The tyrosine hydroxylase-human growth hormone (GH) transgenic mouse as a model of hypothalamic GH deficiency: Growth retardation is the result of a selective reduction in somatotrope numbers despite normal somatotrope function

Rhonda D. Kineman, Grazia Aleppo, Lawrence A. Frohman*

*Corresponding author for this work

Research output: Contribution to journalArticlepeer-review

16 Scopus citations

Abstract

Dwarf tyrosine hydroxylase-human GH (TH-hGH) transgenic mice carrying the hGH reporter gene targeted by the TH promoter express hGH in those regions of the hypothalamus responsible for regulation of pituitary GH secretion. Central expression of the hGH gene decreases GH-releasing hormone (GHRH) and increases somatostatin, which ultimately impacts on pituitary function by reducing the overall amount of GH produced. In the present study, we sought to determine if the reduction of pituitary GH in TH-hGH mice could be attributed to a decrease in somatotrope cell numbers and/or an impairment of somatotrope function. Pituitaries from TH-hGH or wild-type (WT) male and female mice were enzymatically dispersed, counted, and immunostained for GH, PRL, TSH, and ACTH. The total number of pituitary cells recovered from TH- hGH pituitaries was approximately one-half of that from WT controls. However, the proportion of cells that stained for GH and PRL were virtually identical (males, GH TH-hGH, 58.1 ± 1.0% [mean ± SEM] vs. WT, 60.7 ± 1.0%; PRL-TH- hGH, 43.4 ± 2.2% vs. WT, 43.1 ± 0.7%; females, GH-TH-hGH, 47.9 ± 2.3% vs. WT, 41.5 ± 3.5%; PRL-TH-hGH, 43.3 ± 3.2% vs. WT, 47.1 ± 3.3%). In contrast, percentages of both TSH- and ACTH-containing cells were increased in TH-hGH pituitaries relative to controls (males, TSH-TH-hGH, 15.1 ± 2.3% vs. WT, 9.6 ± 1.5%; ACTH-TH-hGH, 24.5 ± 2.5% vs. WT, 10.9 ± 0.9%; females: TSH-TH-hGH, 11.3 ± 0.7% vs. WT, 7.5 ± 0.6%; ACTH-TH-hGH, 19.8 ± 1.6% vs. WT, 9.3 ± 0.8%; P < 0.05). Calculation of the absolute number of each cell type per pituitary demonstrated TH-hGH mice to have about one-half the number of GH and PRL cells, whereas TSH and ACTH cell populations were comparable with that of their WT counterparts. Immunocytochemical localization of GH cells within pituitary sections from TH-hGH mice revealed that somatotropes were confined primarily to the lateral wings of the adenohypophysis, in contrast to the heterogeneous distribution of GH-immunostained cells in WT pituitaries. To assess the functional capacity of the somatotrope populations, pituitary cells from TH-hGH and WT mice were challenged with mouse GHRH (0.01-10 nM). The quantity of GH released (as assessed by both RIA and reverse hemolytic plaque assay) under basal and stimulated conditions did not differ among TH-hGH and WT pituitary cell cultures. Similarly, GHRH induced intracellular cAMP levels were comparable. These results indicate that proliferation of pituitary somatotropes and lactotropes is much more sensitive to changes in GHRH input than is the capability of developing regulated GH secretory function.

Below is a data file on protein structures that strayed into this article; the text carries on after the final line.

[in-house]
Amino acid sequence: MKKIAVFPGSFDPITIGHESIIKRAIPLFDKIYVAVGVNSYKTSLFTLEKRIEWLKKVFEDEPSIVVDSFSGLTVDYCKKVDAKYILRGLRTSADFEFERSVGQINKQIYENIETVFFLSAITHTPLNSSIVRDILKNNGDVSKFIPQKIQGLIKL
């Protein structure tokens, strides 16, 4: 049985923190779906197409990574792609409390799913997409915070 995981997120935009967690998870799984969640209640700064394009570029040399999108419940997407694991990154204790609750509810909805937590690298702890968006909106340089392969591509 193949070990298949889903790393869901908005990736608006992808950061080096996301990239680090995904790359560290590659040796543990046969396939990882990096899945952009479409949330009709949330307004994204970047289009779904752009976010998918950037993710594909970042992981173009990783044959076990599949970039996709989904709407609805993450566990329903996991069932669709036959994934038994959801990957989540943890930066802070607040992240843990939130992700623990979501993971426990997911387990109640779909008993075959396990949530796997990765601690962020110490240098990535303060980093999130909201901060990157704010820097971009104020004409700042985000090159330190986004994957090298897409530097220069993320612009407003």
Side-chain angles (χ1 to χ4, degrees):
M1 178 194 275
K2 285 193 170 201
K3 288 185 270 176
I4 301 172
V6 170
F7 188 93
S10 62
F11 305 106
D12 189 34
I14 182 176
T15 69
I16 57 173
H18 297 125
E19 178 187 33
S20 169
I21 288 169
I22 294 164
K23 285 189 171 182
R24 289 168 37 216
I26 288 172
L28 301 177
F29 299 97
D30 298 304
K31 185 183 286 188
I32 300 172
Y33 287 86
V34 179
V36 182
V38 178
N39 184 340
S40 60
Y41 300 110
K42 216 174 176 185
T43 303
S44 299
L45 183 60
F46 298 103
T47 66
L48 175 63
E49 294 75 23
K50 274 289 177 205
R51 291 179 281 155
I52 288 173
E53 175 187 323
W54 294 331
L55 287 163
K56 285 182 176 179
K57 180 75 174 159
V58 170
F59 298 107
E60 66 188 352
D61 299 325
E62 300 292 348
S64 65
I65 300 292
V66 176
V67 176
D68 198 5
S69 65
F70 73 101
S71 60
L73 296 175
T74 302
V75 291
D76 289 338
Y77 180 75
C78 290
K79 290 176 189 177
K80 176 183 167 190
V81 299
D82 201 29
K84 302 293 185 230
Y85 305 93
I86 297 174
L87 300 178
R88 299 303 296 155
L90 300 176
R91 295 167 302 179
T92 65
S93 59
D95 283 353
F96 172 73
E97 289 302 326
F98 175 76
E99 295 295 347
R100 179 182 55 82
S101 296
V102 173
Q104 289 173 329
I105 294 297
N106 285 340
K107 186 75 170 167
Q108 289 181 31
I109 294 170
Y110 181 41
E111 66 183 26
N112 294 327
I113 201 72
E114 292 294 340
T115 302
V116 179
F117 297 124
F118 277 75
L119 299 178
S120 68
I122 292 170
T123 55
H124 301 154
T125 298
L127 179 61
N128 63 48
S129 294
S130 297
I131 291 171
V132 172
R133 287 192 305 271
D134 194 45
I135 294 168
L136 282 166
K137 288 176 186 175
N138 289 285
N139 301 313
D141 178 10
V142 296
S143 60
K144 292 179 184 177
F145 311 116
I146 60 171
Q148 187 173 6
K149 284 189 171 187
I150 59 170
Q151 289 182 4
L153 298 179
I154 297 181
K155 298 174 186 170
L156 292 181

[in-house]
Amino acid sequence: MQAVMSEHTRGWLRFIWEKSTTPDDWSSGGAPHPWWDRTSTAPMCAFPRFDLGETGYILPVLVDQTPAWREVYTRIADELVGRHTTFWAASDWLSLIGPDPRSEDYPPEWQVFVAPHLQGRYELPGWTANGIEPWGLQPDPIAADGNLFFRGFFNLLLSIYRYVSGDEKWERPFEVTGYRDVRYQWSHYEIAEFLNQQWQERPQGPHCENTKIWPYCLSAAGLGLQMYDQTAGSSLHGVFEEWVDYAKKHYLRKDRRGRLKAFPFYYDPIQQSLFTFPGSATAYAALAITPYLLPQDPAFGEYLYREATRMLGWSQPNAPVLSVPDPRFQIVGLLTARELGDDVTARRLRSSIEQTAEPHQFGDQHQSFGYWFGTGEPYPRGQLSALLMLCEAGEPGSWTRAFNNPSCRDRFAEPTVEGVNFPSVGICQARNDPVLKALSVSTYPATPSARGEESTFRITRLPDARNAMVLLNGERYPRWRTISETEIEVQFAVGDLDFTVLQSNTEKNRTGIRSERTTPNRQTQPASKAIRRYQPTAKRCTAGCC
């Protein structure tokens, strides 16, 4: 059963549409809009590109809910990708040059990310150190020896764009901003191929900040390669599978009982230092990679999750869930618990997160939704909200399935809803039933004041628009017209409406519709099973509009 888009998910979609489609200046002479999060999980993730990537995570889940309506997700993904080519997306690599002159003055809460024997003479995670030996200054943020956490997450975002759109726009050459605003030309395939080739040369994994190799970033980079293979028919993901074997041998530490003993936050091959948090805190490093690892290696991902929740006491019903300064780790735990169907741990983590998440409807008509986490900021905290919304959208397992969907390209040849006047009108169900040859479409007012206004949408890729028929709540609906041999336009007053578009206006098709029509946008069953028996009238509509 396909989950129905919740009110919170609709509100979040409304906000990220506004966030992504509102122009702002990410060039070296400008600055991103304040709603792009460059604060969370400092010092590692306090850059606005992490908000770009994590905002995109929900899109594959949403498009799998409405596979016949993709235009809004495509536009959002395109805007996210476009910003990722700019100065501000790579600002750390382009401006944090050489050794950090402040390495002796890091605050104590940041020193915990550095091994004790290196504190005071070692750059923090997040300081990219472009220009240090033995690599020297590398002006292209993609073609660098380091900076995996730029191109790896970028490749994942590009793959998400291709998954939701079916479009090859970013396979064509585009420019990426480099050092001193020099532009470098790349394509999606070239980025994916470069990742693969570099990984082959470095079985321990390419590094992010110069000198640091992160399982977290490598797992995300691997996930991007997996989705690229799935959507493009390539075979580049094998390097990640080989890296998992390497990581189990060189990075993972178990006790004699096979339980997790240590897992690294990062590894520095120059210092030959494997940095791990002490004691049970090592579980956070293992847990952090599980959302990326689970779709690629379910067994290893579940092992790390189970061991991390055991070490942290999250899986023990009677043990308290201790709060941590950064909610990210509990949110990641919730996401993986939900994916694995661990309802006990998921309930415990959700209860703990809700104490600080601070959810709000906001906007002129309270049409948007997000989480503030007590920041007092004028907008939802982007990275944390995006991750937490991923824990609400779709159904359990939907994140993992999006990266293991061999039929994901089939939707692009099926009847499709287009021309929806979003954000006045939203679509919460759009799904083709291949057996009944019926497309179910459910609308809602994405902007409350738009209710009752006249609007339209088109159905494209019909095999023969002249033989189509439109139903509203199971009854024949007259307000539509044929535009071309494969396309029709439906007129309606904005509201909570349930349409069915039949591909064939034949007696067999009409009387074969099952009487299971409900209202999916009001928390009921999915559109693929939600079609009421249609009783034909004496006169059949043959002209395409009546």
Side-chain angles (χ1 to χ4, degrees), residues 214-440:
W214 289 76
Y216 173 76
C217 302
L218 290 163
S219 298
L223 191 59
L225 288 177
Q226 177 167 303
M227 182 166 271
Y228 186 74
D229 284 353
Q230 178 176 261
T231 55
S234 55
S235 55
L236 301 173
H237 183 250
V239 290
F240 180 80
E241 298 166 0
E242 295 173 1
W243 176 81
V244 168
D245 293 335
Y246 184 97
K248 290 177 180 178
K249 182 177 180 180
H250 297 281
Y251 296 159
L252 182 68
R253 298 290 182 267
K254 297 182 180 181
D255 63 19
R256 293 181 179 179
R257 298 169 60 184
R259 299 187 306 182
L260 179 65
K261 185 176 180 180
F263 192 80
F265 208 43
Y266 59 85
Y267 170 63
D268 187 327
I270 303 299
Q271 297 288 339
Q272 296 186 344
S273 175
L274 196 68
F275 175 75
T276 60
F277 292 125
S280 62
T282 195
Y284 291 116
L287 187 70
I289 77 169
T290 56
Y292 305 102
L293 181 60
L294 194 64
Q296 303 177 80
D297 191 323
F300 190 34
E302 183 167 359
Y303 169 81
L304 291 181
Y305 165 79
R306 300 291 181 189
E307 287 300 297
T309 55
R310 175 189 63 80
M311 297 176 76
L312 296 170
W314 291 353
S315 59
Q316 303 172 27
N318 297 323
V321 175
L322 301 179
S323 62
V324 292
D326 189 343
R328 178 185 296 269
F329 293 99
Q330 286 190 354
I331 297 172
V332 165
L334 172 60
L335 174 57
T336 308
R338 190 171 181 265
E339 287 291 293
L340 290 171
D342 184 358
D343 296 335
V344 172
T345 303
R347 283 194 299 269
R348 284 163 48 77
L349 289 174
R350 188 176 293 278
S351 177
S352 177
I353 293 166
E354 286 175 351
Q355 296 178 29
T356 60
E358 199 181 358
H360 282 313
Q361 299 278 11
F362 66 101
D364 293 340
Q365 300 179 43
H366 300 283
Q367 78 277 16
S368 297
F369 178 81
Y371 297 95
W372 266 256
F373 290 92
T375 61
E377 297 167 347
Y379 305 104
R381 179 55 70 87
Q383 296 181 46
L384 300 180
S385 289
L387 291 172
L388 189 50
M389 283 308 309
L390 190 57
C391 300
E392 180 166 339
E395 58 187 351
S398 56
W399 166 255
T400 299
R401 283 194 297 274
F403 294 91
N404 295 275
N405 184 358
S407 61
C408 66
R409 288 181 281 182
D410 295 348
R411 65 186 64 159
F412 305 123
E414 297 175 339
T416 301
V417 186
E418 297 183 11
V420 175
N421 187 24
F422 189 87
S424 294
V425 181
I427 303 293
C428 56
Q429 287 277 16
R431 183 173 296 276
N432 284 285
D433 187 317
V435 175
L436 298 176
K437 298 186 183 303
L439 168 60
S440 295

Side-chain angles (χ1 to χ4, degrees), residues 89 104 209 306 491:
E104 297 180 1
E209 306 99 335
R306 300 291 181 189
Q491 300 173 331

Original languageEnglish (US)
Pages (from-to)4630-4636
Number of pages7
JournalEndocrinology
Volume137
Issue number11
DOIs
StatePublished - 1996

ASJC Scopus subject areas

  • Endocrinology

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